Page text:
Apr. 25, 2018

 Jim Yong Kim


Jim Yong Kim

President, World Bank Group

TBY talks to Jim Yong Kim, President of the World Bank Group, on what the group is doing to support growth and economic development in the northeast of the country and bolstering entrepreneurship among the country's young people.


Jim Yong Kim has been the President of the World Bank Group since 2012. He previously served as president of Dartmouth College and chief of the Global Health Equity division at Brigham and Women's Hospital in Boston. A co-founder of Partners In Health, Dr Kim has 20 years of experience improving health in developing countries with the World Health Organization and is internationally acknowledged for his leadership in the fight against HIV/AIDS, tuberculosis, and other diseases. Chair of the Department of Global Health and Social Medicine at Harvard Medical School, he was trained as a physician and anthropologist, receiving his BA from Brown and his MD and PhD from Harvard.

How have you intervened in Nigeria's power sector, and are you investing in the country's northeast?

In my first meeting with President Buhari, he specifically said he would like us to support the northern regions of Nigeria, and we have done that. The work there has been difficult. Nigeria, of course, has suffered from the drop in oil prices. Things are just now getting better, but the conversation we need to have with Nigeria is investment in human capital. The percentage of GDP that Nigeria spends on healthcare is less than 1%. Despite the fact that there is so much turbulence in the northern part of the country, not to mention the hit taken from the drop in oil prices, Nigeria has to think ahead by investing in its people and in the things that will allow it to thrive. A rapidly growing, private sector-led economy is what the country has to focus on right now. It cannot rely solely on oil prices going back up. It has to think: what are going to be the sources of growth in the future for Nigeria, in what will surely be a more digitalized economy? And this is true for most of Africa. If you look at the numbers in terms of how successfully African countries have invested in human capital versus other regions, there is a real issue. And so, over this next year, not only in Nigeria but in all of Africa, we are going to focus on accelerating investments in people—in human capital—including health, education, and social protection so that Africa can prepare itself for the next phase in economic development. One of the real questions that we all have is regarding our traditional notions of economic growth, which include agriculture, light industry, and heavy industry, and how many countries in Africa will actually experience that. We must ask ourselves whether we need to consider another kind of path to economic growth focused on SMEs and entrepreneurship as they have in other parts of the world. However, better health and education outcomes will be critical no matter what the global economy looks like. Therefore, we support the recovery and peace building in the north and hope that as commodity prices stabilize, oil prices come back up and the economy will grow a bit more; however, we must focus on what the drivers of growth in the future will be and on mobilizing domestic revenues for investments in people.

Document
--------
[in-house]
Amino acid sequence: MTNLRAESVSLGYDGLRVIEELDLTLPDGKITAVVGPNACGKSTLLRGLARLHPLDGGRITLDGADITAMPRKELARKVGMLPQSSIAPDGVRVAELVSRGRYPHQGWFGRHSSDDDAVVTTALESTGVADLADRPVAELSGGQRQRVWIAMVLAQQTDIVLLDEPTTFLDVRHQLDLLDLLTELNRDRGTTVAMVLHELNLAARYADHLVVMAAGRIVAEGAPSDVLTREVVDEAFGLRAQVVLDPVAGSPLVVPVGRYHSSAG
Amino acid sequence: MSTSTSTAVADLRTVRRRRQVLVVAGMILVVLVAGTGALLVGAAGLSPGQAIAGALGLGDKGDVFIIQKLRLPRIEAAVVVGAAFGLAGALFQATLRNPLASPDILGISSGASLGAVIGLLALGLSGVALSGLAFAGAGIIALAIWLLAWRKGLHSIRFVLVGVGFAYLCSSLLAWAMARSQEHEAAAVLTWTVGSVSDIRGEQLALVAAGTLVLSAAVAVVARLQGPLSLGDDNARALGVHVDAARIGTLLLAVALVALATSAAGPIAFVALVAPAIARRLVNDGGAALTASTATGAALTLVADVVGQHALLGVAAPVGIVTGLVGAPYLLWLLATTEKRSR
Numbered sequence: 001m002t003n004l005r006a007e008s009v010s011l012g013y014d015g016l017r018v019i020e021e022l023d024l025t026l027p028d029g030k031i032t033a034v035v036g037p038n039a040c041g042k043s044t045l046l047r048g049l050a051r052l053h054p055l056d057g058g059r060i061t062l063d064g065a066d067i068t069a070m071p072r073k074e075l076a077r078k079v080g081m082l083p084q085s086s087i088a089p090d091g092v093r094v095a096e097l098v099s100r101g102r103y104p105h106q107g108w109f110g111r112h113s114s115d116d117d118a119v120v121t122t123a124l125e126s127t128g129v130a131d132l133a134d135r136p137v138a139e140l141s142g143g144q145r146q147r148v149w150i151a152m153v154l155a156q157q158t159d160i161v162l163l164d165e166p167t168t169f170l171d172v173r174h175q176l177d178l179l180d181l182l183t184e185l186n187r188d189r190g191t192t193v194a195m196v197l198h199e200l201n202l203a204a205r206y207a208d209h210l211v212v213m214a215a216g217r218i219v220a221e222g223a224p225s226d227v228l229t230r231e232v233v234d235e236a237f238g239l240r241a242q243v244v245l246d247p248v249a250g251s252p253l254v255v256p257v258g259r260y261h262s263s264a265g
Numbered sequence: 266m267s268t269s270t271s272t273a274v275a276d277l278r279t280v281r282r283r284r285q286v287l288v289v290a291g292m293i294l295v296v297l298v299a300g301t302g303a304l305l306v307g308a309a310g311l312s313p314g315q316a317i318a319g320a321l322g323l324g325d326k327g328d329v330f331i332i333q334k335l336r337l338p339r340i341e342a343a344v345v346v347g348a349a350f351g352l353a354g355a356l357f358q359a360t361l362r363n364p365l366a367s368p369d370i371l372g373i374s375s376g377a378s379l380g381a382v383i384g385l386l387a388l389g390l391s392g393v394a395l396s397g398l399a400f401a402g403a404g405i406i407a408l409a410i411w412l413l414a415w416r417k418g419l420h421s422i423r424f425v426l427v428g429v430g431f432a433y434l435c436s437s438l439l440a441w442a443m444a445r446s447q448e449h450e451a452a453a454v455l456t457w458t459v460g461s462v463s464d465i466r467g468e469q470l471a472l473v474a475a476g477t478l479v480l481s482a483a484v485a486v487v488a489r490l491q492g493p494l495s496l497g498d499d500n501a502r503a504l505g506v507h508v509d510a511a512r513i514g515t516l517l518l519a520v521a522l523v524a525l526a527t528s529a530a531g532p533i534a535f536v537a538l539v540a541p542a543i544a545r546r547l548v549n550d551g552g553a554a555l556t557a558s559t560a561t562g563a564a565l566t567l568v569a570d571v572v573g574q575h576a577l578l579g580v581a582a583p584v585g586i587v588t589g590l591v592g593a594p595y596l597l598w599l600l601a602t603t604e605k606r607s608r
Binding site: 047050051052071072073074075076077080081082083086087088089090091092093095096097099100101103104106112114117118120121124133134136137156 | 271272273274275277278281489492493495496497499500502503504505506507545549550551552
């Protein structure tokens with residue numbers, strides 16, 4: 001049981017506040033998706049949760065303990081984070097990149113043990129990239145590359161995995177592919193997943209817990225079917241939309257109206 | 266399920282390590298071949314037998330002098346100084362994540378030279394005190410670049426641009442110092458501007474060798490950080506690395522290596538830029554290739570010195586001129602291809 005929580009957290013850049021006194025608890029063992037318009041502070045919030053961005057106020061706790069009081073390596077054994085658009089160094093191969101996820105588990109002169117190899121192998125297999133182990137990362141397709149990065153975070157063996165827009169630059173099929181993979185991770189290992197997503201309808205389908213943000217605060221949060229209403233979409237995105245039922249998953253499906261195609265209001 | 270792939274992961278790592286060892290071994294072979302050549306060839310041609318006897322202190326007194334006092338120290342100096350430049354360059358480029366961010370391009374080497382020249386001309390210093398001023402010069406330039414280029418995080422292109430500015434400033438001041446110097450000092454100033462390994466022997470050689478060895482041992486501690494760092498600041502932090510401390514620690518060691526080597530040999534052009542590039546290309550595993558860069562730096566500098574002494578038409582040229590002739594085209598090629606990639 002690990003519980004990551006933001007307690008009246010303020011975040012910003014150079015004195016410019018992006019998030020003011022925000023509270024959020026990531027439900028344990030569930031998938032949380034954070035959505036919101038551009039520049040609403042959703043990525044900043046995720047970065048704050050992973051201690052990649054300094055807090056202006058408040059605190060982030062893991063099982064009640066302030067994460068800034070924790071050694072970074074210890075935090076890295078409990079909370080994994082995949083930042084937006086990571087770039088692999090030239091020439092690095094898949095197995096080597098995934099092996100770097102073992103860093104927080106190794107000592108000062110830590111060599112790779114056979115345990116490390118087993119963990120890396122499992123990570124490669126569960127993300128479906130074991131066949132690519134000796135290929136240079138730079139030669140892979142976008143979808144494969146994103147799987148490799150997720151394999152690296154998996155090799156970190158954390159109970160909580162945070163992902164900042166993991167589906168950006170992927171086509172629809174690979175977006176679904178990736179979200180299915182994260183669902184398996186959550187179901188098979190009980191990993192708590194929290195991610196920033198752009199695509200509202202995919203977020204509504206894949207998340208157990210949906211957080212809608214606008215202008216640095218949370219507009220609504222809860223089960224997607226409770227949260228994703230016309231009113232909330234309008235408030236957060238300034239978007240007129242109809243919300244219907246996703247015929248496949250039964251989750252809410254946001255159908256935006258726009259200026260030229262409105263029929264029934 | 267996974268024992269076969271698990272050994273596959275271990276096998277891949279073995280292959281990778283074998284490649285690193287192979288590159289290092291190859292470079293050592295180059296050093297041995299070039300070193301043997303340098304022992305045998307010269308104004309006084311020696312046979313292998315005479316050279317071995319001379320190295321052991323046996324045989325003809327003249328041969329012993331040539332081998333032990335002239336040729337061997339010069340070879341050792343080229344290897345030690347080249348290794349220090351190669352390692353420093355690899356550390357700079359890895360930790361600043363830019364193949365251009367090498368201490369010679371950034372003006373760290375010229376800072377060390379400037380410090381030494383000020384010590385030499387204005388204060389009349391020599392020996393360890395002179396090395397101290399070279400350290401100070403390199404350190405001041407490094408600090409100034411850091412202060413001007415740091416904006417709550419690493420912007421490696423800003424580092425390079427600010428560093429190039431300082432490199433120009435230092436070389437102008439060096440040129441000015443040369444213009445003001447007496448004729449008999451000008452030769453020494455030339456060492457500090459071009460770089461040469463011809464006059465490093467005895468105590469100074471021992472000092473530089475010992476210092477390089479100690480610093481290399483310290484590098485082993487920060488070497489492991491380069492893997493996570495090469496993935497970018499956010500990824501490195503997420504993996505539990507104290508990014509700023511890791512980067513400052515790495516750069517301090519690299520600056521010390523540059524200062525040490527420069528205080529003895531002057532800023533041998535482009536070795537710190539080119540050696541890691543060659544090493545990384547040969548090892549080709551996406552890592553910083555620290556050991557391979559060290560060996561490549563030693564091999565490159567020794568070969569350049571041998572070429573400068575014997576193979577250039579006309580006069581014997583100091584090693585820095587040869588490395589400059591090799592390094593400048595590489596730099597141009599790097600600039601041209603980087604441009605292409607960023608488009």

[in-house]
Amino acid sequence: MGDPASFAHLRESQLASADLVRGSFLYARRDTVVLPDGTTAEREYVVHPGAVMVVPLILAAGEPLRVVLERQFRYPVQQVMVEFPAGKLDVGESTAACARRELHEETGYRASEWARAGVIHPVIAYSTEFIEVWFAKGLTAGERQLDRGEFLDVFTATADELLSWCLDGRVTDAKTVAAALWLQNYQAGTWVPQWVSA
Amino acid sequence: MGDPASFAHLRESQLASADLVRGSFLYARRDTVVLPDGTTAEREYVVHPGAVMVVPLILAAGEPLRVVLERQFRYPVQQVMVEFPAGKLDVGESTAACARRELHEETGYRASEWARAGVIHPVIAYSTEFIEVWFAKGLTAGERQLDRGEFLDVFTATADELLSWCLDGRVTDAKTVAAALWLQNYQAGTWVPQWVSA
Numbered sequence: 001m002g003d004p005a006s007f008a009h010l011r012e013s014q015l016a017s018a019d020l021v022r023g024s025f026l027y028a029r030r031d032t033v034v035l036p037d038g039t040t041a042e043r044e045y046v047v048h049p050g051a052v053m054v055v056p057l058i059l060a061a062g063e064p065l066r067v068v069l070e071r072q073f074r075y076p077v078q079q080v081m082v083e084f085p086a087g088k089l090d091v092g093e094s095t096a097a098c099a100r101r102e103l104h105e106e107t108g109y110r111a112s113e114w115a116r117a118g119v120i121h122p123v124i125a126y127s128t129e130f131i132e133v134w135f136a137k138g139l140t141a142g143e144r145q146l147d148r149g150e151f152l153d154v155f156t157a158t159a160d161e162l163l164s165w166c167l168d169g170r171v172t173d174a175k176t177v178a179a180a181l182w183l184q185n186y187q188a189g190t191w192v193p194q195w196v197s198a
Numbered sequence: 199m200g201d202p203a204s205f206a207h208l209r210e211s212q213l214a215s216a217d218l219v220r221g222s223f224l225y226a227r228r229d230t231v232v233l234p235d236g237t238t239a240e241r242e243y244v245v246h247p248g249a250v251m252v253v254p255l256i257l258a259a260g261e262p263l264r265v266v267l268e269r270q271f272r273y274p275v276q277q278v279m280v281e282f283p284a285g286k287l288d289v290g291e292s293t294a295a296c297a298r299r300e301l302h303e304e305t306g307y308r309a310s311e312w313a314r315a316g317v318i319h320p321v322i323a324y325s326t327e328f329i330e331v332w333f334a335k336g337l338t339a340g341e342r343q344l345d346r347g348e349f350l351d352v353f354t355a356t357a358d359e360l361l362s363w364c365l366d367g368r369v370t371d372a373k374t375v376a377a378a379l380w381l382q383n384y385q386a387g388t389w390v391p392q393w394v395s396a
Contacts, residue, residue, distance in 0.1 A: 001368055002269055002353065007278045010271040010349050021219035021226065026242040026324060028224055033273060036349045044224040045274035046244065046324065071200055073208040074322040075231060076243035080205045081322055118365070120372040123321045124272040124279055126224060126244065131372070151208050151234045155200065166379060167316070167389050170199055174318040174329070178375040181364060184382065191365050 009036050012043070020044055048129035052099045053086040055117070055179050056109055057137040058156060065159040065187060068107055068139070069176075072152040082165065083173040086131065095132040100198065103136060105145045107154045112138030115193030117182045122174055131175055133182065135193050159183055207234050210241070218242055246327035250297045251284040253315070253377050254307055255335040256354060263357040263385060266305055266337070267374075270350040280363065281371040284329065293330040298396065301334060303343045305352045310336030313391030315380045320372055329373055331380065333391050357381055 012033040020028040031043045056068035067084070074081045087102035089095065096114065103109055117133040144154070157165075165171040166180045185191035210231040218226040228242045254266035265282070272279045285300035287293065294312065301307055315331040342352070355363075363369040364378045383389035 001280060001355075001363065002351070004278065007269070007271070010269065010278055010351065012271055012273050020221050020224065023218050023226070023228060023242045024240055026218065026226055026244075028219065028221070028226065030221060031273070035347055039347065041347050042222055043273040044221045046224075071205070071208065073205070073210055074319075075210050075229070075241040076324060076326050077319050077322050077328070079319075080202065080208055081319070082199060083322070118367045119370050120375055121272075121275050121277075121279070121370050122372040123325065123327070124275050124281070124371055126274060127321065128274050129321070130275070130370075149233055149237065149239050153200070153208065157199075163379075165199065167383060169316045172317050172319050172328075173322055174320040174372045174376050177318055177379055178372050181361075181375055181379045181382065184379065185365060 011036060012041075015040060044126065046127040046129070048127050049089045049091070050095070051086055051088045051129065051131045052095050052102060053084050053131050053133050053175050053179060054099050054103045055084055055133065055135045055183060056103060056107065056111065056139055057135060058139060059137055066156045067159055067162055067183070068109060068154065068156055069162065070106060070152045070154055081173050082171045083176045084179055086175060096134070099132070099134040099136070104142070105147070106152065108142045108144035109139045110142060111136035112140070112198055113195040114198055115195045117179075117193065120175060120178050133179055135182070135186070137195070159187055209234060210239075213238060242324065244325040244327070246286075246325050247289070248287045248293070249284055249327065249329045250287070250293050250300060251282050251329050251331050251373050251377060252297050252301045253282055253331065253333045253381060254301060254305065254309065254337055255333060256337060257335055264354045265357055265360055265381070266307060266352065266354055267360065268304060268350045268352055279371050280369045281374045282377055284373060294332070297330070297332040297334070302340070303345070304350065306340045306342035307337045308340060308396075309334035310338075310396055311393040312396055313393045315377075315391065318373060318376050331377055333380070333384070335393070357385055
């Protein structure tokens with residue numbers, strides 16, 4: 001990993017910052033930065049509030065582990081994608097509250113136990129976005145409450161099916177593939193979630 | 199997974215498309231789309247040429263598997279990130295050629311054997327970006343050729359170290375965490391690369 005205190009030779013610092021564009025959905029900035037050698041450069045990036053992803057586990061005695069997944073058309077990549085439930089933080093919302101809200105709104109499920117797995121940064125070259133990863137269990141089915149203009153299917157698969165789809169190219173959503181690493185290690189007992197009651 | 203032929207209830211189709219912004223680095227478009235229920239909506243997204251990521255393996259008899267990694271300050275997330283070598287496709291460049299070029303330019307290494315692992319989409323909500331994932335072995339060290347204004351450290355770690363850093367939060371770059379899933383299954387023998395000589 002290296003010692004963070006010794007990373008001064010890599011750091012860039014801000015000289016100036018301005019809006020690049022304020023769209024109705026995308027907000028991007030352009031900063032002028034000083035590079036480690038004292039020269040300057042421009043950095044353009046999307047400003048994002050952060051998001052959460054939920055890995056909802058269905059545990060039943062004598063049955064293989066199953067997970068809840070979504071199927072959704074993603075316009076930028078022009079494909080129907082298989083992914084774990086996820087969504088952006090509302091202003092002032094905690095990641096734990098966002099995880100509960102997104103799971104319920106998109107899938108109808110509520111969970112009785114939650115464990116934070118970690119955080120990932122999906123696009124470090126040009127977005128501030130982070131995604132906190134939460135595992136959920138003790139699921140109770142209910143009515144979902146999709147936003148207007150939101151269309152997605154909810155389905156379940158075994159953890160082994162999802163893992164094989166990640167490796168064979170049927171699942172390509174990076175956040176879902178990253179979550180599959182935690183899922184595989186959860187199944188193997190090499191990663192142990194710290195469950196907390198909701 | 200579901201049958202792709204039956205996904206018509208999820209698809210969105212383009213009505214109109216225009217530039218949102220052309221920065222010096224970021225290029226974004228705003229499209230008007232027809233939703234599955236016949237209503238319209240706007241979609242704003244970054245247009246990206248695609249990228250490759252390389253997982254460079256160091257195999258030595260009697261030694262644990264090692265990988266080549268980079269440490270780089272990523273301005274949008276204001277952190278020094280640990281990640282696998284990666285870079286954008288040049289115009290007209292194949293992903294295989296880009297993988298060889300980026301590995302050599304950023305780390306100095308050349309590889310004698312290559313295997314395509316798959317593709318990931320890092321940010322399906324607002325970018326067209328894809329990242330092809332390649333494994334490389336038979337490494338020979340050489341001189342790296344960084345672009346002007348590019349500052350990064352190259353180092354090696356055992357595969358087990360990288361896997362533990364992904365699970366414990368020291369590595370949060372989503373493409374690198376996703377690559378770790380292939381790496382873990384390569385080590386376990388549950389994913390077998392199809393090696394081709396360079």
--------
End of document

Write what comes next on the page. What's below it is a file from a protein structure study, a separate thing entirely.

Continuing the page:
What kind of support is the World Bank giving to start-ups and young entrepreneurs?

It is difficult for major institutions such as ours to give the relatively small amounts of money that are required for SMEs. That is why we are working with companies like Alibaba in China, which has developed a system where within five seconds it can provide loans to SMEs for up to USD160,000. And it does that solely based on online activity, which for Alibaba is a better measure of credit worthiness than the traditional process called “know your customer" (KYC). We are looking to see if we can utilize some of these methods, these rapid disbursements of capital to SMEs, in Africa. Right now, the answer is not yet, because we do not have enough information on online behavior. Jack Ma, the CEO of Alibaba, recently visited Kenya because it perhaps has the most information on people's online behavior, as 98% of Kenyans do some form of financial transactions online. Within Africa, we have to be much more creative. We are looking at future drivers of growth, and whether they will be more or less traditional. Then we are looking at innovative ways of moving capital quickly and efficiently to people who are going to start promising businesses.